Japan Stocks Rise to 6-Month High Amid Earnings as Telcos Gain

  • Coca-Cola West, Kirin advance on talks of an alliance
  • Oil producers and explorers sink as crude trades below $50

Japanese shares extended their rally to a six-month high with reports of positive earnings from NTT Docomo Inc. buoying investor sentiment as the domestic reporting season gathered pace.

The Topix index gained 0.4 percent to the highest since April 27 at the close in Tokyo. Encouraging results from companies including construction firm Hazama Ando Corp. and Nidec Corp. raised optimism about domestic earnings at Japanese firms, with more than 350 companies on the Topix set to report this week. Coca-Cola West Co. and Kirin Holdings Co. rose on talks of a possible tie-up. Mixed forecasts from U.S. industry giants and a slump in U.S. consumer confidence raised concerns over the pace of growth in the world’s largest economy, weighing on shares earlier.

“The market has already priced-in much of the expected slump in earnings due to the yen, and investor sentiment is currently in the process of improving,” said Makoto Sengoku, a market analyst at Tokai Tokyo Research Center. The yen is up about 15 percent this year versus the dollar.

SecurityPercent ChangePrice
Topix+0.4%1,382.70
Nikkei 225+0.2%17,391.84
Yen-Dollar-0.1%104.29

Tokyo shares reversed earlier declines amid speculation of buying by the Bank of Japan, Sengoku said. The central bank bought 70.7 billion yen ($679 million) worth of exchange traded funds not linked to capital expenditure on Monday when the Topix fell 0.2 percent in the morning, but refrained from similar purchases on Tuesday, according to BOJ data.

Telecommunication stocks as a group gave the biggest boost to the Topix as NTT Docomo rose 2.8 percent. NTT Docomo’s group operating profit rose 25 percent to 580 billion yen ($5.56 billion) in the first half from a year earlier, according to a Nikkei newspaper report. Nippon Telegraph & Telephone Corp. advanced 1.4 percent.

Oil explorers declined as crude traded below $50 a barrel amid mounting speculation that Russia won’t join OPEC to curb supply, while weekly industry data showed U.S. crude stockpiles rose. Inpex Corp. slipped 1.2 percent and Japan Drilling Co. lost 0.5 percent. 

Among other stocks with notable moves:

  • Coca-Cola West advanced 3.8 percent after the beverage maker said it is in talks over an alliance with Kirin Holdings, which added 1.8 percent. Nothing has been decided regarding a possible tie-up, both companies said Wednesday in separate statements.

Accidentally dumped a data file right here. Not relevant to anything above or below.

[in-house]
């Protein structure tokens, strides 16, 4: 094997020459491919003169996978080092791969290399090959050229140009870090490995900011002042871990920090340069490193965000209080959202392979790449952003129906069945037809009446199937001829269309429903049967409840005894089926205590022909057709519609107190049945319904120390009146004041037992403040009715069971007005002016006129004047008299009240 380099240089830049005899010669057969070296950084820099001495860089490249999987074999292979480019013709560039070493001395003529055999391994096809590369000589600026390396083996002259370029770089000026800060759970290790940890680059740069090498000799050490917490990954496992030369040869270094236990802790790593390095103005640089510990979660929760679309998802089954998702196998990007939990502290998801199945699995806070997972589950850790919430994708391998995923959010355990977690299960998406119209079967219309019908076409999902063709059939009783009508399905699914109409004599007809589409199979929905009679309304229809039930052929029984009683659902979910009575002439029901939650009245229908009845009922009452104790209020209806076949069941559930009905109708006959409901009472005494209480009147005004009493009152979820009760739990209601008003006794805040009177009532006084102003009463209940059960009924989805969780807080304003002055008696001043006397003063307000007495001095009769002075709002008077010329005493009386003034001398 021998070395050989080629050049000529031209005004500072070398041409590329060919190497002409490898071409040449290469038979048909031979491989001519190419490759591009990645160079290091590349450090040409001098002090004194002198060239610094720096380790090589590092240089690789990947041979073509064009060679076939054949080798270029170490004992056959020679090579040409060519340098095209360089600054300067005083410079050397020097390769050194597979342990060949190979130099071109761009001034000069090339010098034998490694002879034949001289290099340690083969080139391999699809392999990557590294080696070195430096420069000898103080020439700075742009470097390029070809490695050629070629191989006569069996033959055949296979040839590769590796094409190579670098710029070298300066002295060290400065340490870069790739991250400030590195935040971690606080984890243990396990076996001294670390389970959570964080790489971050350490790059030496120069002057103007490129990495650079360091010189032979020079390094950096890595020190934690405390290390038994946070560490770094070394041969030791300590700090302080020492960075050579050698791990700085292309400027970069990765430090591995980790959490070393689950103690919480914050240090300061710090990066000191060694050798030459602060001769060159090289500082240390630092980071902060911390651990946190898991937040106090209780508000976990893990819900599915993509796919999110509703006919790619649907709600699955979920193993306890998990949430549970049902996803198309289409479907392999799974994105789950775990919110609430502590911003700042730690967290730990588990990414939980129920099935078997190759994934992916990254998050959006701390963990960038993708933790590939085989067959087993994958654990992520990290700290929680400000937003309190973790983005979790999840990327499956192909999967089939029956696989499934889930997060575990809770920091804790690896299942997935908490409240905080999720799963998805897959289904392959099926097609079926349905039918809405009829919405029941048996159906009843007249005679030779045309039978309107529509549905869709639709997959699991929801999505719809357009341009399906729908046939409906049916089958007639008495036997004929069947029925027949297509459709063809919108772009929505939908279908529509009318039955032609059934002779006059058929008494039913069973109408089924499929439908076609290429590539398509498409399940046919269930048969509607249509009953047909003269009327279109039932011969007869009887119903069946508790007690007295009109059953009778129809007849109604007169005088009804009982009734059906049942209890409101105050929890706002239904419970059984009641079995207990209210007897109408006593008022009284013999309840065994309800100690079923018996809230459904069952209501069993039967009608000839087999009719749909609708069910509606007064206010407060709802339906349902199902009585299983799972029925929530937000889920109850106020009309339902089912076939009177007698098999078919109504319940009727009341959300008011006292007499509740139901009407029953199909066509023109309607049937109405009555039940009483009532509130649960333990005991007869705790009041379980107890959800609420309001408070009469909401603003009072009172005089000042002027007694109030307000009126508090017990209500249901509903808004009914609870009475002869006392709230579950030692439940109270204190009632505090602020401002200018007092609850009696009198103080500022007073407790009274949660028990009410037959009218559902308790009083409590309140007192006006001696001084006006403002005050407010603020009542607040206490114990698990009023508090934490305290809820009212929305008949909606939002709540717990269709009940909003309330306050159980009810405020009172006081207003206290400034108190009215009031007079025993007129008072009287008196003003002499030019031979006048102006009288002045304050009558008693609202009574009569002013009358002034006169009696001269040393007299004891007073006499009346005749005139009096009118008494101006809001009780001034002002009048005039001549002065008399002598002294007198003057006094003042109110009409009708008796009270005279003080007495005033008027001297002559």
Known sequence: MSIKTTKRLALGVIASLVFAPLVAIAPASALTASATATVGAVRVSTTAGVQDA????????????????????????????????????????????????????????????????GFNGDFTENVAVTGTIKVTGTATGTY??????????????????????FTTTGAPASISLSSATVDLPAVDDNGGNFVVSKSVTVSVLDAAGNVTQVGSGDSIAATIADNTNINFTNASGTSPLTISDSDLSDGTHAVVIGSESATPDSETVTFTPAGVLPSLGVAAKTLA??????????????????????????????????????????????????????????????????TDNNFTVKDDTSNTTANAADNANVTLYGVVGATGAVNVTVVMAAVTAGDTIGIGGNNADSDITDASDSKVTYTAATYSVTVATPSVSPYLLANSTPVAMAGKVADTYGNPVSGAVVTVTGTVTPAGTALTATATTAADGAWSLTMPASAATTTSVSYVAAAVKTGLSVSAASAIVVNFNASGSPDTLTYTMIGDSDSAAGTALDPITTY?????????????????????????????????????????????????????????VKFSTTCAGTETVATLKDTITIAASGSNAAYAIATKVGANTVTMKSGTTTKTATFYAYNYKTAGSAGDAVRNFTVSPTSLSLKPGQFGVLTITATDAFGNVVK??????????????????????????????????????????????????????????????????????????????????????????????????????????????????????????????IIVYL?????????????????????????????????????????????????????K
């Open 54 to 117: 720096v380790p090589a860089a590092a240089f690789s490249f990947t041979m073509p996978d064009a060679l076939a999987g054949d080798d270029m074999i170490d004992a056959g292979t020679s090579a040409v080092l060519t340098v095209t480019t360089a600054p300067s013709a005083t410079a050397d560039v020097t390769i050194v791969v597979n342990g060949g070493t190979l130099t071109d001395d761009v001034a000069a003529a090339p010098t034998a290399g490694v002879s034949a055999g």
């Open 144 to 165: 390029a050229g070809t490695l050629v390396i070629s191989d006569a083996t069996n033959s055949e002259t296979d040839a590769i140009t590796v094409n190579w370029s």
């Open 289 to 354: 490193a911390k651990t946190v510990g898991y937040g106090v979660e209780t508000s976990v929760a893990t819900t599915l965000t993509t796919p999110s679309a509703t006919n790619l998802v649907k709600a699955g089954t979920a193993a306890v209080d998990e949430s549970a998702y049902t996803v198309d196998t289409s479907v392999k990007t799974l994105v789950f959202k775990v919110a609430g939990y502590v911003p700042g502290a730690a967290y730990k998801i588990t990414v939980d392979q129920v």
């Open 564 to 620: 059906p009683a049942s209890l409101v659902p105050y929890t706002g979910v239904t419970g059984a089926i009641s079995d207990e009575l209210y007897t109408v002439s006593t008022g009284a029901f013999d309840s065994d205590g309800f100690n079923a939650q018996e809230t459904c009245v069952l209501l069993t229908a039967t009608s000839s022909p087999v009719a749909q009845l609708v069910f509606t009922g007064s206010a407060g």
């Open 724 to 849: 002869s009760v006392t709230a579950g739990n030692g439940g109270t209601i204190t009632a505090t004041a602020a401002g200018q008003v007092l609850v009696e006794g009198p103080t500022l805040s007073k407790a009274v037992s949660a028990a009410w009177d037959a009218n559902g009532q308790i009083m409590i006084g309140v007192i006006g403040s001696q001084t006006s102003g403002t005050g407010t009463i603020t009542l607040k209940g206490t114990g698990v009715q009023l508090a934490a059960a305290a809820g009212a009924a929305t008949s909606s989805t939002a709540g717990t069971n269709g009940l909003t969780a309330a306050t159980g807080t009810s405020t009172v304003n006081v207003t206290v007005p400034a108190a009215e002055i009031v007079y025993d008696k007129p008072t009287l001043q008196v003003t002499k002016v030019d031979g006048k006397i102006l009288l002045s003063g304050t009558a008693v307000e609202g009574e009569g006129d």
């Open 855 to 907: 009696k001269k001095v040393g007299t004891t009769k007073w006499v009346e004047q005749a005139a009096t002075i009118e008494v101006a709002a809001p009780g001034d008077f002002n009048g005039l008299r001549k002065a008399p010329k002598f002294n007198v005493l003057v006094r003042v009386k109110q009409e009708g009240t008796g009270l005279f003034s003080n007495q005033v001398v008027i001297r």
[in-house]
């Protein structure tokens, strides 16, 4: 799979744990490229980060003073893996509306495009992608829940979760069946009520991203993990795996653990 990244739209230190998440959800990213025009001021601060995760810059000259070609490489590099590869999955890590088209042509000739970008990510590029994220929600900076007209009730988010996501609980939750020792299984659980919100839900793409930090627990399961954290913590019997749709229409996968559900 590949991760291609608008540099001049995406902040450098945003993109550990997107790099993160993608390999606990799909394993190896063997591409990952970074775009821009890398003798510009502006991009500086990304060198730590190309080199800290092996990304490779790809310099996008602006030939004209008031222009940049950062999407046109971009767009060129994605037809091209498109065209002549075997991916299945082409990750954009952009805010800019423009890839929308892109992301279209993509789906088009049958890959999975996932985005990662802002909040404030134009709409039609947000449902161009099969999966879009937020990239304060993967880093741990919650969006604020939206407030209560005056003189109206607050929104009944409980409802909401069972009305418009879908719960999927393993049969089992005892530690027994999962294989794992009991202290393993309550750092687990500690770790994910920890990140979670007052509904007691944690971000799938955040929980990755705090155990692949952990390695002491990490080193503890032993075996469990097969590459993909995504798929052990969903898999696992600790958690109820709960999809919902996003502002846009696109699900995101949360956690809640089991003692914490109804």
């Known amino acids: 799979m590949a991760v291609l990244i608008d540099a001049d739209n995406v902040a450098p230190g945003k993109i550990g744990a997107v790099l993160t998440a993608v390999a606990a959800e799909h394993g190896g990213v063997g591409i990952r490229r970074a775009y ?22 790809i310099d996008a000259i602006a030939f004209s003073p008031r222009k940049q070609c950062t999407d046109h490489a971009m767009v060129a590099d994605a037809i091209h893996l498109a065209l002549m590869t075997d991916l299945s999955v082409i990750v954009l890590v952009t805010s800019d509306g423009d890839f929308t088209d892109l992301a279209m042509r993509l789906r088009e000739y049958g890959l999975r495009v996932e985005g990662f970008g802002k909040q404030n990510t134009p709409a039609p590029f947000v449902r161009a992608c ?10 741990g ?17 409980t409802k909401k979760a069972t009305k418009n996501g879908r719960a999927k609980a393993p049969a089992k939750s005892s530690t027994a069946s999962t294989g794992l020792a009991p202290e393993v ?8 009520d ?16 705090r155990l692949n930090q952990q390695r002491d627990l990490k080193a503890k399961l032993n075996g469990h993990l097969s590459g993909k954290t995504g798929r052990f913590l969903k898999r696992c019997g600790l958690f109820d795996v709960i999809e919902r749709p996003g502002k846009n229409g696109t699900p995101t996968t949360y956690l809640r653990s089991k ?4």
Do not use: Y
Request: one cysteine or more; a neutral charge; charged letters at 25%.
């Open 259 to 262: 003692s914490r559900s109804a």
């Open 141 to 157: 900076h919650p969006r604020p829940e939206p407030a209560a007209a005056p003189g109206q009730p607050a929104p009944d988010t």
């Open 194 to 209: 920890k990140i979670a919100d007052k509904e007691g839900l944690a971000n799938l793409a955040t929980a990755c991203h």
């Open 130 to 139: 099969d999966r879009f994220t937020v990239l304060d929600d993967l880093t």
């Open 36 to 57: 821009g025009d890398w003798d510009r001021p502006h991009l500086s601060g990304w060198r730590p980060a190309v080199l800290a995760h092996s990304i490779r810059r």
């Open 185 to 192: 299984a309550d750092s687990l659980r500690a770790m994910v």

• Chugai Pharmaceutical Co. lost 2.2 percent after the drugmaker said nine-month operating profit declined 13 percent from the previous year. SMBC Nikko Securities Co. said there was a risk of a more than 15 percent shortfall to the company’s full-year guidance for the exports of an arthritis treatment drug to Roche Holding AG.

  • Nidec advanced 1.9 percent. Daiwa Securities raised their target price on the precision-motors maker. Nidec raised its full-year net income target by 2 percent to 100 billion and lifted its operating profit forecast 3.8 percent to 135 billion yen Monday.

  • Taiheiyo Cement Corp. was the biggest gainer on the Nikkei 225 Stock Average, surging 9.6 percent. The company announced buybacks of up to 2.76 percent of shares and raised its full-year net-income forecast by 37 percent. 

  • Nissin Electric Co. declined 5.5 percent after the power-distribution equipment maker’s revised operating profit forecast missed analyst estimates. 

  • Hazama Ando Corp. rose 5.9 percent after reporting half-year operating profit that beat forecasts. An improvement in the profitability of construction increased the gross profit of completed works.

Japan Post Insurance Co. gave investment outlines Wednesday, saying it’ll boost domestic stock holdings in the second half of the fiscal year started April 1. The company also said it will start in-house stock investments.

Watching BOJ

Earnings are dominating investor interest even as the BOJ meets Oct. 31-Nov. 1 to decide on monetary policy. The overwhelming majority of economists surveyed by Bloomberg News expect the central bank to keep stimulus unchanged this time, while some 35 percent of the analysts polled think that Governor Haruhiko Kuroda is done with adding to stimulus. The Topix has gained 5 percent since the last central bank meeting.

The 25-day Toraku Index, which compares the numbers of advancing and declining stocks on the Japanese benchmark gauge, rose to 146.57 on Tuesday, its highest level in more than two years. A level above 120 is seen by some traders as indicating that shares are poised to fall.

Futures on the S&P 500 Index fell 0.2 percent. The underlying equity gauge declined 0.4 percent Tuesday as disappointing earnings results from fast-food chains to makers of appliances and sports apparel sparked a selloff in consumer-discretionary stocks. Blue chips Caterpillar Inc. and 3M Co. also dropped after cutting their estimates.

U.S. consumer confidence fell more than forecast in October as households became less upbeat about the economy and labor market, figures from the New York-based Conference Board showed Tuesday.

“We continue to be in a wait-and-see mode as earnings are released, and small changes in sentiment are moving the market,” said Naoki Fujiwara, chief fund manager with Shinkin Asset Management Co. in Tokyo.

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